(WebMD) In Nora Ephron's best-selling book, "I Feel Bad About My Neck," she laments the sorry state of her 60-something neck: "Our faces are lies and our necks are the truth. You have to cut open a redwood tree to see how old it is, but you wouldn't have to if it had a neck," she writes.
"Every so often I read a book about age, and whoever's writing it says it's great to be old. It's great to be wise and sage and mellow; it's great to be at the point where you understand just what matters in life. I can't stand people who say things like this. What can they be thinking? Don't they have necks?"
With rueful humor, she writes about smoothing her face with Restylane and Botox, reading in large type, and grieving the deaths of beloved friends. Ultimately, Ephron concludes, "The honest truth is that it's sad to be over sixty."
Yes, getting older is rife with emotional landmines, gerontologists say, including fears of losing one's independence or getting a serious illness. Aging gracefully isn't always easy, but attitude matters a lot, experts say.
"For some reason, our society is very obsessed with pointing out negative aspects of aging," says Susan Whitbourne, Ph.D., professor of psychology at the University of Massachusetts, Amherst. She is also the past president of the American Psychological Association's Division on Aging.
But Whitbourne cautions, "Don't get bogged down in all the hype about aging. Once you start thinking about it, it can drive you mad. There's nothing you can do; the clock is going to tick away."
Of course, not all seniors are pessimistic. Some, such as Kirt Spradlin, don't care a whit about what their necks look like.
The great-grandfather is one of those vigorous and optimistic elders who astounds his peers. Naturally, he tires more easily and has to take things slower, he says. But having battled prostate cancer, the California man relishes every single month that life affords him. When asked his age, he proudly replies, "79 and a half."
The former electrical engineer took up a new hobby after retirement: mountain climbing. He has climbed Mount Whitney and Kilimanjaro and trekked to Mount Everest's base camp. Just last year, he and wife Donna went on a weeklong backpacking trip — just the two of them alone in the wilderness. Donna is 80.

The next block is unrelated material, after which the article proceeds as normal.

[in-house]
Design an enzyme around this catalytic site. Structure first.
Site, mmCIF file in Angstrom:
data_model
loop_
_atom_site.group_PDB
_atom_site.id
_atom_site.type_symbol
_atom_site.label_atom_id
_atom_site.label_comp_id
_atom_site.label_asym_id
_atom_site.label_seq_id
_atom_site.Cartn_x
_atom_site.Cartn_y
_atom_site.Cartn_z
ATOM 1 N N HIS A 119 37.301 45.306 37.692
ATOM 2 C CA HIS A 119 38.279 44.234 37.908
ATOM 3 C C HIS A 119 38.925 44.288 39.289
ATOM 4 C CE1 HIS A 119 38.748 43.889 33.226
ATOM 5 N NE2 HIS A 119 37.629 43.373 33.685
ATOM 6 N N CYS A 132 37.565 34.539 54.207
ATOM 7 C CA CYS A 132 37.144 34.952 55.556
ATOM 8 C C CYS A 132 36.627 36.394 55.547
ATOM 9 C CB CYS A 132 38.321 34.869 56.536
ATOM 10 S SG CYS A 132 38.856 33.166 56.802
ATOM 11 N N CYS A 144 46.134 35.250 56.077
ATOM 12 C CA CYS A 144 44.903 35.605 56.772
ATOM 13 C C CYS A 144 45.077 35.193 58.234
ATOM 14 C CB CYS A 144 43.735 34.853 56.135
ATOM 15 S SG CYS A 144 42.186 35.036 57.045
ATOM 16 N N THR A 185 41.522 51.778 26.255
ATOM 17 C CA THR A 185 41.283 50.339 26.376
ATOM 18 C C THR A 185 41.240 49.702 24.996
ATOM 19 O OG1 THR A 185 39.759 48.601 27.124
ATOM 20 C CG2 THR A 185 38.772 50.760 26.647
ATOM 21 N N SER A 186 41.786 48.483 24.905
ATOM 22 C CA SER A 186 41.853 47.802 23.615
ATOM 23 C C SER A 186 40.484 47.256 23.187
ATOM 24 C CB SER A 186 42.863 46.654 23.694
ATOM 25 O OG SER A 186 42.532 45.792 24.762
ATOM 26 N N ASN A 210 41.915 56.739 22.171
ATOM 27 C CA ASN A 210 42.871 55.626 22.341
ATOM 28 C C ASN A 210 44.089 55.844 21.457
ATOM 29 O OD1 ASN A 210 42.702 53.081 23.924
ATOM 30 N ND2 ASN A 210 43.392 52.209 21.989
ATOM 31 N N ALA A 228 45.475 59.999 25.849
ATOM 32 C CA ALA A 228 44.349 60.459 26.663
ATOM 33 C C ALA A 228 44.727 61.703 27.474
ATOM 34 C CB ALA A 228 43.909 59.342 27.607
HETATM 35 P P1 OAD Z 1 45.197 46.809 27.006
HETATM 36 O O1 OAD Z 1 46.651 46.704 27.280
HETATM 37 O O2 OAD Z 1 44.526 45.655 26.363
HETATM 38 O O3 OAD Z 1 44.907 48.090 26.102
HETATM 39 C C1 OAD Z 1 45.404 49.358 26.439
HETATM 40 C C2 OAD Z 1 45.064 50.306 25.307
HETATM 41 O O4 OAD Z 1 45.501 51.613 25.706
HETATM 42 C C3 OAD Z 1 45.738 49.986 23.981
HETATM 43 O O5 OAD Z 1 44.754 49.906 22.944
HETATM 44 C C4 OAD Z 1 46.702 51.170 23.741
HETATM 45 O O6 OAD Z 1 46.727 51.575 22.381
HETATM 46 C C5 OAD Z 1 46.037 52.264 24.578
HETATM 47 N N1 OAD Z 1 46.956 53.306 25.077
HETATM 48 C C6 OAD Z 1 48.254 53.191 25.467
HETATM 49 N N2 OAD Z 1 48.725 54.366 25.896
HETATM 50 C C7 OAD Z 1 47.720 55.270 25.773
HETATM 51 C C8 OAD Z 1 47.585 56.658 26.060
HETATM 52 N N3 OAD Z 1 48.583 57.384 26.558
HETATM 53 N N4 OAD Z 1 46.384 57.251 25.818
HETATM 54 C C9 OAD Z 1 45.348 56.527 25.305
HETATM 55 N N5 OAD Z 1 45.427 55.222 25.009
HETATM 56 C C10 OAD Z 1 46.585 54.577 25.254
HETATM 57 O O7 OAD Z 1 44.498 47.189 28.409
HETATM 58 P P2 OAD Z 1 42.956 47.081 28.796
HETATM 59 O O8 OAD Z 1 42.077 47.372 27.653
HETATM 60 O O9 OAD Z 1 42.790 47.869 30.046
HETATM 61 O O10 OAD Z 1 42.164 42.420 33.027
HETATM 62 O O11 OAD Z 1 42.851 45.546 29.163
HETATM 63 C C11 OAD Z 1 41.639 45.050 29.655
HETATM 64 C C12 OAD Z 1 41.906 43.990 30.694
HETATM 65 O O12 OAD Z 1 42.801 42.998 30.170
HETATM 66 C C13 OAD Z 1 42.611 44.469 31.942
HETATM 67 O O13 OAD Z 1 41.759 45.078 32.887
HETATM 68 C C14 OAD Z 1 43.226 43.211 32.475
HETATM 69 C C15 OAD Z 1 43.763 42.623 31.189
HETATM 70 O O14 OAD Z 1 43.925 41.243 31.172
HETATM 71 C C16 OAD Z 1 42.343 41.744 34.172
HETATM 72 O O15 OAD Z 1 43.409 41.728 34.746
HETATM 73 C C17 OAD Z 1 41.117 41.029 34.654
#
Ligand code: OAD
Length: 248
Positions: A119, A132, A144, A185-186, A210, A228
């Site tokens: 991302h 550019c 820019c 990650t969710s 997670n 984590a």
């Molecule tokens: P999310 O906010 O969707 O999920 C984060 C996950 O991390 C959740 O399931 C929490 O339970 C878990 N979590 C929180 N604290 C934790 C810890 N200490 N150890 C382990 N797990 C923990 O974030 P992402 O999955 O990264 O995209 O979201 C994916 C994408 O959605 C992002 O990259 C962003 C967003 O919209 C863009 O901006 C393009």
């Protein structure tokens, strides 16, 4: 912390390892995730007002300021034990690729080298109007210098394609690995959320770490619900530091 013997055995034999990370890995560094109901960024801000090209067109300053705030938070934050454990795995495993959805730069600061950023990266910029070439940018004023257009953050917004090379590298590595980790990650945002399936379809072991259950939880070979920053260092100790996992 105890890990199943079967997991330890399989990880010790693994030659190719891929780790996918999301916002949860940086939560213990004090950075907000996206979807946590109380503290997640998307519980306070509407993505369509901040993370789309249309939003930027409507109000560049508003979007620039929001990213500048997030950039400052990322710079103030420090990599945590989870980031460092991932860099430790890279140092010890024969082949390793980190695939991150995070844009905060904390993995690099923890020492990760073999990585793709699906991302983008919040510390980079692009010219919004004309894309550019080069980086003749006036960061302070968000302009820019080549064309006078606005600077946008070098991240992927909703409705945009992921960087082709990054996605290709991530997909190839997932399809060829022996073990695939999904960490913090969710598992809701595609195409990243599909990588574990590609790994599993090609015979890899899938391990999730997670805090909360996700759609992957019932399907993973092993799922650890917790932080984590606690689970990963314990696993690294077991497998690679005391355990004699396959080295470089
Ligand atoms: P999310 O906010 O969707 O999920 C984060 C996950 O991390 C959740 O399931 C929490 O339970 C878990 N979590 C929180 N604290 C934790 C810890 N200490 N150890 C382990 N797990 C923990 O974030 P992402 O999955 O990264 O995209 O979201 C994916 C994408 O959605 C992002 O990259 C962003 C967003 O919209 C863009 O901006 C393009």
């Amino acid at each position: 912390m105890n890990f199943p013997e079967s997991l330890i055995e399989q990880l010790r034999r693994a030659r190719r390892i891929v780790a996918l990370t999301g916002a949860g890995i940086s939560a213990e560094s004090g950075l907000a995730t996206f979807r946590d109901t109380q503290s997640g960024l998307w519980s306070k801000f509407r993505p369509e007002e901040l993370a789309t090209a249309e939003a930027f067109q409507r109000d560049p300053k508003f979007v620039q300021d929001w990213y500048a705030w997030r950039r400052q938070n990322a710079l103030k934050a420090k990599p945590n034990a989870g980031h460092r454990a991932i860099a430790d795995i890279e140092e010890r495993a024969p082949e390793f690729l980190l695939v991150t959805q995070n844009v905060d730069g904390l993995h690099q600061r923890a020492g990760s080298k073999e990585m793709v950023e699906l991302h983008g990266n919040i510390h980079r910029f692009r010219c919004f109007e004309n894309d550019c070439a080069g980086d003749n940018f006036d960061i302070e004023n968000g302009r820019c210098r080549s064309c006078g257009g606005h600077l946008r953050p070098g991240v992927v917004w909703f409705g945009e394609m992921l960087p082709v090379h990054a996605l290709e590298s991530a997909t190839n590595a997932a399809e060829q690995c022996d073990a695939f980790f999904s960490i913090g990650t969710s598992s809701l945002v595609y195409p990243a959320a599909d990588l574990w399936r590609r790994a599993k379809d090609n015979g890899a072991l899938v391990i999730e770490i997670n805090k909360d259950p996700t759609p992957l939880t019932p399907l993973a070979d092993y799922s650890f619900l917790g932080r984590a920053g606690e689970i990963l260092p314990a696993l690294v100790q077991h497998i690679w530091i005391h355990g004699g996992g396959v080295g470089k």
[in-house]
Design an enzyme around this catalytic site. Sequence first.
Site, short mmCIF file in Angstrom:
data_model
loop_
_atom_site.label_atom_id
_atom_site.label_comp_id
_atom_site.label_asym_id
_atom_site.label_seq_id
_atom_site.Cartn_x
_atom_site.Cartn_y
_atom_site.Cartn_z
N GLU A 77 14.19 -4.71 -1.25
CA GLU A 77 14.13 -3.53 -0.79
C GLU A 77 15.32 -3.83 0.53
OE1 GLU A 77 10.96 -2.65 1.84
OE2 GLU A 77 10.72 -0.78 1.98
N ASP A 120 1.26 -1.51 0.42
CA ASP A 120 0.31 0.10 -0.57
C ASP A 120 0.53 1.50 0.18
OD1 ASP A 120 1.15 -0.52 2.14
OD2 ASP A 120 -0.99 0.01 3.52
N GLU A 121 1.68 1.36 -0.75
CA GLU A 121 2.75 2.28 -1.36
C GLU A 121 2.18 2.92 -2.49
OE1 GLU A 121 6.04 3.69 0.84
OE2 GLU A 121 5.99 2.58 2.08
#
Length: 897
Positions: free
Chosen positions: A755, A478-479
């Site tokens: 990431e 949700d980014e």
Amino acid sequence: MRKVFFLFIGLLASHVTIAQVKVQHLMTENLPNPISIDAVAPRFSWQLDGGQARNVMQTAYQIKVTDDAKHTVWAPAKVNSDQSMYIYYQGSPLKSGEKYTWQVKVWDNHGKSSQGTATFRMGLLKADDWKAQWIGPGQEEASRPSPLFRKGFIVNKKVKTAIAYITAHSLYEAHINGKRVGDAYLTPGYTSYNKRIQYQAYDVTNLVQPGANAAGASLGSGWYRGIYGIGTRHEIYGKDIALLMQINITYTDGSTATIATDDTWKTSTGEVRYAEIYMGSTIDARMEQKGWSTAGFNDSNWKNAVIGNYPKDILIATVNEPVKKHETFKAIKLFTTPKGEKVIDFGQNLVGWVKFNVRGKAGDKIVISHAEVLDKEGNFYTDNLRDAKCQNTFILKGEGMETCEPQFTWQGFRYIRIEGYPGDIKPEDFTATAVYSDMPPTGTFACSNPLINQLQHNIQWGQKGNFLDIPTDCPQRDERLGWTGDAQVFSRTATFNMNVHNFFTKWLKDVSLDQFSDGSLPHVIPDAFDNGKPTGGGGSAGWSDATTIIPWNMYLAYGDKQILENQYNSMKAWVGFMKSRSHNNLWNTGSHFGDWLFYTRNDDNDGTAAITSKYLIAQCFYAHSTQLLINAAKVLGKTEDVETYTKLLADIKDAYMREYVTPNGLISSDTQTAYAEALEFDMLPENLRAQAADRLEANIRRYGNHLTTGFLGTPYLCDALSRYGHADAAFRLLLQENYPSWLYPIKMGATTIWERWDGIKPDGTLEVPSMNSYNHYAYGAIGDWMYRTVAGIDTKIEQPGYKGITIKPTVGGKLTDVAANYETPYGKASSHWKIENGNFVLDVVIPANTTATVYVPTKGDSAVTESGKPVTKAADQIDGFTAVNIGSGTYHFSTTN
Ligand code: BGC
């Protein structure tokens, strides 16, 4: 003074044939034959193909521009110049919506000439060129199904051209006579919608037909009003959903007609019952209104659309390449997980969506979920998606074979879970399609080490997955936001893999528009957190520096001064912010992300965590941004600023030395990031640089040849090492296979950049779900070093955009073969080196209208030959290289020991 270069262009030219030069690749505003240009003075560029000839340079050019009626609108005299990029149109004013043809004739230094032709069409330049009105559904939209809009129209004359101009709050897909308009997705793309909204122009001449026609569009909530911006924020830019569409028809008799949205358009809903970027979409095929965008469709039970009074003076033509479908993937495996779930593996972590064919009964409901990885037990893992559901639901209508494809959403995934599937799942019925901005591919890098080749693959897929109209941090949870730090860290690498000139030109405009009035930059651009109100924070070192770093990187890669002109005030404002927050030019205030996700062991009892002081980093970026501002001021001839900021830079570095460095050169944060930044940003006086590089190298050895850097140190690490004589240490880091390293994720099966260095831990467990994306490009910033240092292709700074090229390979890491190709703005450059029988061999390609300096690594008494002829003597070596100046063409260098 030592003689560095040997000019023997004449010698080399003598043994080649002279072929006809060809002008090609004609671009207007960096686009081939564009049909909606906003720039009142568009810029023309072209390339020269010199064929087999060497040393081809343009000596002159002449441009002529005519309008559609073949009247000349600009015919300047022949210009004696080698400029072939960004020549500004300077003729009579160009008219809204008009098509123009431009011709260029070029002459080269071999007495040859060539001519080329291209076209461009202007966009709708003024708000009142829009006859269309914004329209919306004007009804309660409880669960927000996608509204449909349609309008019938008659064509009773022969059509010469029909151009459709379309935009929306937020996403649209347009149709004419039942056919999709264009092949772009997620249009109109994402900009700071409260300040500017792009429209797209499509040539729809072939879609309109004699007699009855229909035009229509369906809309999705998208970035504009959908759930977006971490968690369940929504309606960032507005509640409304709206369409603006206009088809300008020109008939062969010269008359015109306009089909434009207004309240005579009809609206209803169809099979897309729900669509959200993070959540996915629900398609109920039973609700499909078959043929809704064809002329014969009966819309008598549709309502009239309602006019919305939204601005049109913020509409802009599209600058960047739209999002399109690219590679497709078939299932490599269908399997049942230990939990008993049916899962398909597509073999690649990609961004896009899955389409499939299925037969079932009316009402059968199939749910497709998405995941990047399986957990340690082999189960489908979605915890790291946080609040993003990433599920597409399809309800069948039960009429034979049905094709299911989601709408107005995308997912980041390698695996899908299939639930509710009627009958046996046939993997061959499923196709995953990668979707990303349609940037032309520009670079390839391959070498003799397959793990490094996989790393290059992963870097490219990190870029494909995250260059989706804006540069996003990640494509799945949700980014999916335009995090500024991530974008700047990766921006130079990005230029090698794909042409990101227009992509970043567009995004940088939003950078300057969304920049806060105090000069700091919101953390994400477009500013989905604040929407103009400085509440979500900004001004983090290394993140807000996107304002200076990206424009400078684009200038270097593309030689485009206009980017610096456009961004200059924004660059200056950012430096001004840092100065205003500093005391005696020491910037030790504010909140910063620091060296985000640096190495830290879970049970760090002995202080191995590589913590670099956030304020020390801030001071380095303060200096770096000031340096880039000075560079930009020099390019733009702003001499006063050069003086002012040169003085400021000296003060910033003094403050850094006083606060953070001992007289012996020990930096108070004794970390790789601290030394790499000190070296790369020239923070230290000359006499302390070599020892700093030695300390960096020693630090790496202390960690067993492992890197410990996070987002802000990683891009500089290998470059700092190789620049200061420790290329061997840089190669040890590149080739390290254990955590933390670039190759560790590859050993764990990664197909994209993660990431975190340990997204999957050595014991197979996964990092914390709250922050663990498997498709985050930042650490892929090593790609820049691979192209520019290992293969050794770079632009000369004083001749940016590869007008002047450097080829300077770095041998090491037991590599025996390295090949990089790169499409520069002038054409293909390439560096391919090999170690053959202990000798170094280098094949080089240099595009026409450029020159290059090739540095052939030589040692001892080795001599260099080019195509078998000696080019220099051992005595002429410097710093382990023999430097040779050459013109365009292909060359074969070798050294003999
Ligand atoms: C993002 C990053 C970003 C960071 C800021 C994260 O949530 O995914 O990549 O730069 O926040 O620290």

"People think we're nuts," he says. But for him, aging with a crappy attitude is simply out of the question.
The Spradlins have grown old with astonishing grace and acceptance. But depression is a real threat among the old; some drift into isolation, bitterness, and a sense of meaninglessness. Still others put up their dukes, determined to go down swinging. Face-lifts and tummy tucks? Bring it on.
Experts who have worked with thousands of seniors share their insights into how you can navigate emotional challenges in order to age gracefully.
The Old Are Survivors
It's true that aging brings hardships, but remember that the old are survivors — a select group.
Wisdom, resilience and a mature perspective are often cited as the hard-won prizes of aging. But growing old itself is an accomplishment.
"But if you get to be older, you have survived a lot of the threats to your physical and psychological integrity that have affected other people who are no longer around," psychologist Whitbourne says.
Through good luck or good genes or both, the old have dodged fatal accidents, premature disease, and other things that kill the young. "You are stronger, and you get to live longer," she says. "Most people think that's a benefit."
A dose of healthy denial can improve outlook in one's later years, she adds. "The people who do the best with aging aren't thinking that much about getting older. They're not really focusing on what's not working anymore. If you sit around mulling over the meaning of existence and how time is running out, you're building in a scenario where you're not going to age as successfully."
Accept the inevitable changes of aging, rather than seeing them as aberrant crises.
During the course of his career, Illinois psychologist Mark Frazier, PsyD, has worked with thousands of older people "ages 65 to 105," he says.
Again and again, he's seen an important key to psychological health: accepting that your life won't stay the same. Aging changes everyone.
"If you live until you're 95 years old, you're probably not going to be living alone in a beautiful apartment and driving your car to the grocery store and picking up your dry cleaning and walking a mile to the park. But if you know that ahead of time, it's much easier to manage it," he says.
"To age gracefully, one needs to anticipate the changes that are inevitable," Frazier says. "People who think rigidly do not do that. As they encounter the natural changes and health status that are part of aging, these things are experienced as negative and adding a lot of stress and strain to their life. Rigid thinkers tend to get overwhelmed. They can't manage it, and they get depressed."
作者:admin@医学,生命科学 2011-03-15 05:11